One of the most important educational tools we gained was
the safety indoctrination provided by UOP. We also had the
honor of presenting our work at an international conference
where we developed communication skills and a result-fo-
cused style of thinking. These skills are some of our stron-
gest points in getting a job. We believe the program will cer-
tainly give students a chance to develop themselves, as well
as profit industry. Last, but not least, we would like to ex-
press our gratitude to Dr. Kulprathipanja, who worked so hard
to give us this precious opportunity.

By Ms. Rattiya Suntornpun, Ms. Jutima Charoenphol,
Mr. Visava Lertrodjanapanya, and Mr. Prueng
Mahasaowapakkul' (2001) For two months we were able
to carry out our research at UOP under the close supervision
of Dr. Kulprathipanja. This was a great opportunity for us to
learn from a person with a strong industrial background.
Meeting people from different backgrounds allowed us to
learn more than just technical know-how. For example, they
stimulated diverse ideas, increasing the likelihood that we
would find the best solution to any problem. Moreover, we
became more open-minded to other people's thoughts. We
also learned that there were no exceptions when it came to
safety matters. A large advantage of researching at UOP was
the access to information. While we sometimes have to wait
for a publication to be sent from abroad at PPC, this was
never a problem at the UOP library. At the end of the pro-
gram, our research was presented to an international audi-
ence at the AIChE 2001 Annual Meeting. We were able to
practice our oral presentation skills and learn from the ques-
tions people asked about our research. Overall, this experi-
ence gave us more confidence in ourselves, making us more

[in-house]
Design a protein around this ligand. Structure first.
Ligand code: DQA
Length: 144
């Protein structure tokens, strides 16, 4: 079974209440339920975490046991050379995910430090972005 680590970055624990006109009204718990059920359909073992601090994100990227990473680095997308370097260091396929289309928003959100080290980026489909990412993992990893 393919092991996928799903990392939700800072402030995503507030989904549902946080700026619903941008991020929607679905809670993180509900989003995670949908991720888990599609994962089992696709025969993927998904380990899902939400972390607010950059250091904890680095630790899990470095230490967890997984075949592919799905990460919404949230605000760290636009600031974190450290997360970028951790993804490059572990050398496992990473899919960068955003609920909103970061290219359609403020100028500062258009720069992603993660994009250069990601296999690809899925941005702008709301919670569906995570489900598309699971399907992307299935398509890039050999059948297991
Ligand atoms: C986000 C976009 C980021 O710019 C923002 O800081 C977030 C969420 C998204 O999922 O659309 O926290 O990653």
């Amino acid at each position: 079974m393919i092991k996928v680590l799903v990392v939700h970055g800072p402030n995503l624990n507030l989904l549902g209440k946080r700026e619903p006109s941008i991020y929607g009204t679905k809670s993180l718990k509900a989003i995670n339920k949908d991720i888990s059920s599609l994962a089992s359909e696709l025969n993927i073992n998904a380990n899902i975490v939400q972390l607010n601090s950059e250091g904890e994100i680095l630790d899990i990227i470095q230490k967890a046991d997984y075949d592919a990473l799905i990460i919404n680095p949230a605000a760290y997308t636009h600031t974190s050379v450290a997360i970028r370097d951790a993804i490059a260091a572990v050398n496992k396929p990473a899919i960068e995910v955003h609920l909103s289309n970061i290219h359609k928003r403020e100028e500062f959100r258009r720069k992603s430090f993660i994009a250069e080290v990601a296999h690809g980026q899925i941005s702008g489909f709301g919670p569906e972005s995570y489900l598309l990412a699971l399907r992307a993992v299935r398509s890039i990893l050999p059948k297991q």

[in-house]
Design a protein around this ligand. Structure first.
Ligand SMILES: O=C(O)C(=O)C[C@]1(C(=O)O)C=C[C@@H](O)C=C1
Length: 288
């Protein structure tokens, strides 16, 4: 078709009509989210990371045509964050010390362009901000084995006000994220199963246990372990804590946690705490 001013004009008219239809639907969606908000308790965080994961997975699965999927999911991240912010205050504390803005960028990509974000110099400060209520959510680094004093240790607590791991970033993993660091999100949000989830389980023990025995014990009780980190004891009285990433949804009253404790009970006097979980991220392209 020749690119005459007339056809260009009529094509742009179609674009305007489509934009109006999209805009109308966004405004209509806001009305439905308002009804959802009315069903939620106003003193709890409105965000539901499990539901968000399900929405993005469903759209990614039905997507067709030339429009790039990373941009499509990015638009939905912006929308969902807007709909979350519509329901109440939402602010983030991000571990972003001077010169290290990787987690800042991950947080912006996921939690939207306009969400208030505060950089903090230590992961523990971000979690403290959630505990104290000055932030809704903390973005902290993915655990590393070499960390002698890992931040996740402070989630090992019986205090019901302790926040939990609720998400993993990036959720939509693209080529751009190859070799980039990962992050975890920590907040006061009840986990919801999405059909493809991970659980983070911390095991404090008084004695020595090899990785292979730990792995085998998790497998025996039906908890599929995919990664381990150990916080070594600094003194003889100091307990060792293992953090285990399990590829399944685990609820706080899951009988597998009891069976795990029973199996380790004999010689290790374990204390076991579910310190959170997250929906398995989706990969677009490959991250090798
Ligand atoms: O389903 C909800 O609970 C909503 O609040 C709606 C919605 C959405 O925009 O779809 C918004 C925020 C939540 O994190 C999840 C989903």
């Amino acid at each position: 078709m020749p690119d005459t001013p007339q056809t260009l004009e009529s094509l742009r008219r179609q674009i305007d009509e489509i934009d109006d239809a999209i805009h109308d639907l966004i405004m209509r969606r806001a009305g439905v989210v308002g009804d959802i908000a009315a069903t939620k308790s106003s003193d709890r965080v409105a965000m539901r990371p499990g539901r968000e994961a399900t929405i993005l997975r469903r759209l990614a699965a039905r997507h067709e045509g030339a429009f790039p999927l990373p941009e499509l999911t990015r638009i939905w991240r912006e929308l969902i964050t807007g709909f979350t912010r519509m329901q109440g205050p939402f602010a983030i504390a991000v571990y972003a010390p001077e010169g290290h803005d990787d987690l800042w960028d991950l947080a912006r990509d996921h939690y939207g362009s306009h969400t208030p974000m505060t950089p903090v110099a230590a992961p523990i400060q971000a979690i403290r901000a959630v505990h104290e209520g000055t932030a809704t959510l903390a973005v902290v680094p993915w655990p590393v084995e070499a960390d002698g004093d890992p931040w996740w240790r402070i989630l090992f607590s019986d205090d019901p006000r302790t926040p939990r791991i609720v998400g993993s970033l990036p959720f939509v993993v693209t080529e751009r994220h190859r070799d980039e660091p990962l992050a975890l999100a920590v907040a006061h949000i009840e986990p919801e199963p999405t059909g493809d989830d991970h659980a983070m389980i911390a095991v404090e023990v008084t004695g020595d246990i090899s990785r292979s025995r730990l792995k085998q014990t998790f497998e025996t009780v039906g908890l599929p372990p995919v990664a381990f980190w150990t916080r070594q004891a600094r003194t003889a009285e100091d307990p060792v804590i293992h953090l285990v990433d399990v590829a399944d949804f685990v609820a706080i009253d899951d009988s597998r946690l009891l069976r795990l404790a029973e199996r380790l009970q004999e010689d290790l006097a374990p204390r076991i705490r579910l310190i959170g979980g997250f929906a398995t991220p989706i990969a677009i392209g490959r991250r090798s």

attractive to employers.

By Ms. Raweewan Klaewkla, Ms. Saowalak Kalapanulak,
Ms. Parichart Santiworawut, Ms. Suwanna Limsamutch-
aiku, and Mr. Kathavut Visedchaisri' (2002) We received
a great opportunity from UOP to perform some of our re-
search at UOP. We learned various techniques such as: pre-
paring catalysts, casting membranes, setting up adsorption
experimental lines, and using modem analysis instruments.
An important observation that we made regarding UOP's
working style was that while they directed most of their at-
tention to their work, they were also prompt to provide each
other with assistance. This general rule-of-practice influenced
us to effectively work on our research. We were able to ob-
tain both high quality and high quantity work in a limited
amount of time. Before we left the United States, we also


had a chance to present our research at the 2002 AIChE An-
nual Meeting. This trip opened our minds to the international
world that we would not have been able to experience if we
stayed only in our country and our college. Moreover, we
learned a lot from the different cultures, languages, foods,
living styles, and beautiful places. These impressive things
could not have happened without Dr. Kulprathipanja and the
UOP LLC staff. We would like to express our thanks and let
them know that we are all very appreciative.

ACKNOWLEDGEMENTS
Integral in making this program successful are the indi-
vidual efforts of certain UOP R&D staff: Dr. Laszlo Nemeth,
Dr. James Rekoske, Dr. Linda Cheng, Dr. Joe Kocal, Dr. Greg
Lewis, Mr. Greg Maher, Mr. Jaime Moscoso, Mr. Darryl
Johnson, Mr. James Priegnitz, Mr. Vasken Abrahamian, Mr.
Dave Mackowiak, Mr. Sathit Kulprathipanja and Mrs. Wanda
Crocker, and faculty members of the PPC, Chulalongkorn
University: Professor Somchai Osuwan, Assistant Professor
Pramoch Rangsunvigit, Associate Professor Thirasak
Rirksomboon, Assistant Professor Pomthong Malakul and Dr.
BoonyarachKitiyanan. Special acknowledgements are also
due to Dr. Robert Jensen, Dr. Jeff Bricker, Dr. Stan
Gembicki, Dr. Jennifer Holmgren, Associate Professor
Kunchana Bunyakiat, and Mrs. Apinya Kulprathipanja for
their hospitality, and to UOP TCO for its financial sup-
port of the program.


REFERENCES